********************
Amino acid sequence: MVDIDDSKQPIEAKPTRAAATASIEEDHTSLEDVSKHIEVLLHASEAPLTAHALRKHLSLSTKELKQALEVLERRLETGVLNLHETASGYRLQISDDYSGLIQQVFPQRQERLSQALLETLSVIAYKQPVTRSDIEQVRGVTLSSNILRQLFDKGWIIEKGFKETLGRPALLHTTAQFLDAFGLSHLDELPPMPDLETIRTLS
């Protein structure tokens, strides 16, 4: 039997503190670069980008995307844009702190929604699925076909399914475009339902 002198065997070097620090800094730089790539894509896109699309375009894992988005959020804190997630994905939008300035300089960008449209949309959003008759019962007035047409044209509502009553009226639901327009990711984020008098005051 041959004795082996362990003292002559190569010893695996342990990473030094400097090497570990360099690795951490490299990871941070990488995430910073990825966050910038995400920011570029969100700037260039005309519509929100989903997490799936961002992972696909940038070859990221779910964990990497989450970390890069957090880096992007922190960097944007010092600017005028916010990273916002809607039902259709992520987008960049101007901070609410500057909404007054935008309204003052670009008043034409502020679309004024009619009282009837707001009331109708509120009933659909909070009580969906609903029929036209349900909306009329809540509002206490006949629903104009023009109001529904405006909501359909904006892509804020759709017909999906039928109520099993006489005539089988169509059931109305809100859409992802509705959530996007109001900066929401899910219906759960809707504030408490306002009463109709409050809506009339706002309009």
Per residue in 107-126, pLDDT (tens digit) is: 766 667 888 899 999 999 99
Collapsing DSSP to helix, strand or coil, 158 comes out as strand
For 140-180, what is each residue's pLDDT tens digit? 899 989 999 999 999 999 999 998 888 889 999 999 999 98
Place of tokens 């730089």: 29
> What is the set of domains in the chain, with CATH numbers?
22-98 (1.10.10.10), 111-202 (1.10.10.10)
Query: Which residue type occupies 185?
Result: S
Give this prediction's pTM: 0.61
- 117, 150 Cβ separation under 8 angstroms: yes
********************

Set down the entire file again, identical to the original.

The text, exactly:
Amino acid sequence: MVDIDDSKQPIEAKPTRAAATASIEEDHTSLEDVSKHIEVLLHASEAPLTAHALRKHLSLSTKELKQALEVLERRLETGVLNLHETASGYRLQISDDYSGLIQQVFPQRQERLSQALLETLSVIAYKQPVTRSDIEQVRGVTLSSNILRQLFDKGWIIEKGFKETLGRPALLHTTAQFLDAFGLSHLDELPPMPDLETIRTLS
């Protein structure tokens, strides 16, 4: 039997503190670069980008995307844009702190929604699925076909399914475009339902 002198065997070097620090800094730089790539894509896109699309375009894992988005959020804190997630994905939008300035300089960008449209949309959003008759019962007035047409044209509502009553009226639901327009990711984020008098005051 041959004795082996362990003292002559190569010893695996342990990473030094400097090497570990360099690795951490490299990871941070990488995430910073990825966050910038995400920011570029969100700037260039005309519509929100989903997490799936961002992972696909940038070859990221779910964990990497989450970390890069957090880096992007922190960097944007010092600017005028916010990273916002809607039902259709992520987008960049101007901070609410500057909404007054935008309204003052670009008043034409502020679309004024009619009282009837707001009331109708509120009933659909909070009580969906609903029929036209349900909306009329809540509002206490006949629903104009023009109001529904405006909501359909904006892509804020759709017909999906039928109520099993006489005539089988169509059931109305809100859409992802509705959530996007109001900066929401899910219906759960809707504030408490306002009463109709409050809506009339706002309009």
Per residue in 107-126, pLDDT (tens digit) is: 766 667 888 899 999 999 99
Collapsing DSSP to helix, strand or coil, 158 comes out as strand
For 140-180, what is each residue's pLDDT tens digit? 899 989 999 999 999 999 999 998 888 889 999 999 999 98
Place of tokens 């730089």: 29
> What is the set of domains in the chain, with CATH numbers?
22-98 (1.10.10.10), 111-202 (1.10.10.10)
Query: Which residue type occupies 185?
Result: S
Give this prediction's pTM: 0.61
- 117, 150 Cβ separation under 8 angstroms: yes